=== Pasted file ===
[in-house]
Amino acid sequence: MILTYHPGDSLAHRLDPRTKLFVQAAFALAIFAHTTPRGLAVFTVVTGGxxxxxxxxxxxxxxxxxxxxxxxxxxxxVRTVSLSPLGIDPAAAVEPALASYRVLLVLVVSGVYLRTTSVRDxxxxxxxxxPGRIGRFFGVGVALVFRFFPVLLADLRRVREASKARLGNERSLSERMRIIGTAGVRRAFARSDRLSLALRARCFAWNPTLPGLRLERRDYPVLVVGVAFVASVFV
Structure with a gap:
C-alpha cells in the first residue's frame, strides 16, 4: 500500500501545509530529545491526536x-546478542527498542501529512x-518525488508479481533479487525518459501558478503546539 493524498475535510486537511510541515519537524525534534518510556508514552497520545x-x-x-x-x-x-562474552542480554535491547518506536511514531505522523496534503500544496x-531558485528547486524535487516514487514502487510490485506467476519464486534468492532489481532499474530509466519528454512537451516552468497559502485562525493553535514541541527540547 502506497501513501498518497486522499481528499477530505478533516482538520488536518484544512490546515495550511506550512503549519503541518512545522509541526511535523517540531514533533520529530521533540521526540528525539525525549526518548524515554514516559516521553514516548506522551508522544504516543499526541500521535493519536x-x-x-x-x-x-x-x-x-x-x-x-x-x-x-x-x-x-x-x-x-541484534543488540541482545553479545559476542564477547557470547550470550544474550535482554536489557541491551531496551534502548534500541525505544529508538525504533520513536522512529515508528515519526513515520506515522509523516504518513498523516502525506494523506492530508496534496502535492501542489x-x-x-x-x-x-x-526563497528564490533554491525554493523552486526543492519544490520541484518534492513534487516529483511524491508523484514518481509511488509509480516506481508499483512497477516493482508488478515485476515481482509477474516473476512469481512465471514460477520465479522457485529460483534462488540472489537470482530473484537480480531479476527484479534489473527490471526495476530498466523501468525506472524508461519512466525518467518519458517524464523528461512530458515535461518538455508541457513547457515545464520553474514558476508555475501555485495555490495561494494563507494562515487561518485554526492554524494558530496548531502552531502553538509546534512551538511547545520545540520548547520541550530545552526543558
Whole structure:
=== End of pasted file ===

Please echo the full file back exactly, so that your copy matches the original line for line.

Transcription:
[in-house]
Amino acid sequence: MILTYHPGDSLAHRLDPRTKLFVQAAFALAIFAHTTPRGLAVFTVVTGGxxxxxxxxxxxxxxxxxxxxxxxxxxxxVRTVSLSPLGIDPAAAVEPALASYRVLLVLVVSGVYLRTTSVRDxxxxxxxxxPGRIGRFFGVGVALVFRFFPVLLADLRRVREASKARLGNERSLSERMRIIGTAGVRRAFARSDRLSLALRARCFAWNPTLPGLRLERRDYPVLVVGVAFVASVFV
Structure with a gap:
C-alpha cells in the first residue's frame, strides 16, 4: 500500500501545509530529545491526536x-546478542527498542501529512x-518525488508479481533479487525518459501558478503546539 493524498475535510486537511510541515519537524525534534518510556508514552497520545x-x-x-x-x-x-562474552542480554535491547518506536511514531505522523496534503500544496x-531558485528547486524535487516514487514502487510490485506467476519464486534468492532489481532499474530509466519528454512537451516552468497559502485562525493553535514541541527540547 502506497501513501498518497486522499481528499477530505478533516482538520488536518484544512490546515495550511506550512503549519503541518512545522509541526511535523517540531514533533520529530521533540521526540528525539525525549526518548524515554514516559516521553514516548506522551508522544504516543499526541500521535493519536x-x-x-x-x-x-x-x-x-x-x-x-x-x-x-x-x-x-x-x-x-541484534543488540541482545553479545559476542564477547557470547550470550544474550535482554536489557541491551531496551534502548534500541525505544529508538525504533520513536522512529515508528515519526513515520506515522509523516504518513498523516502525506494523506492530508496534496502535492501542489x-x-x-x-x-x-x-526563497528564490533554491525554493523552486526543492519544490520541484518534492513534487516529483511524491508523484514518481509511488509509480516506481508499483512497477516493482508488478515485476515481482509477474516473476512469481512465471514460477520465479522457485529460483534462488540472489537470482530473484537480480531479476527484479534489473527490471526495476530498466523501468525506472524508461519512466525518467518519458517524464523528461512530458515535461518538455508541457513547457515545464520553474514558476508555475501555485495555490495561494494563507494562515487561518485554526492554524494558530496548531502552531502553538509546534512551538511547545520545540520548547520541550530545552526543558
Whole structure: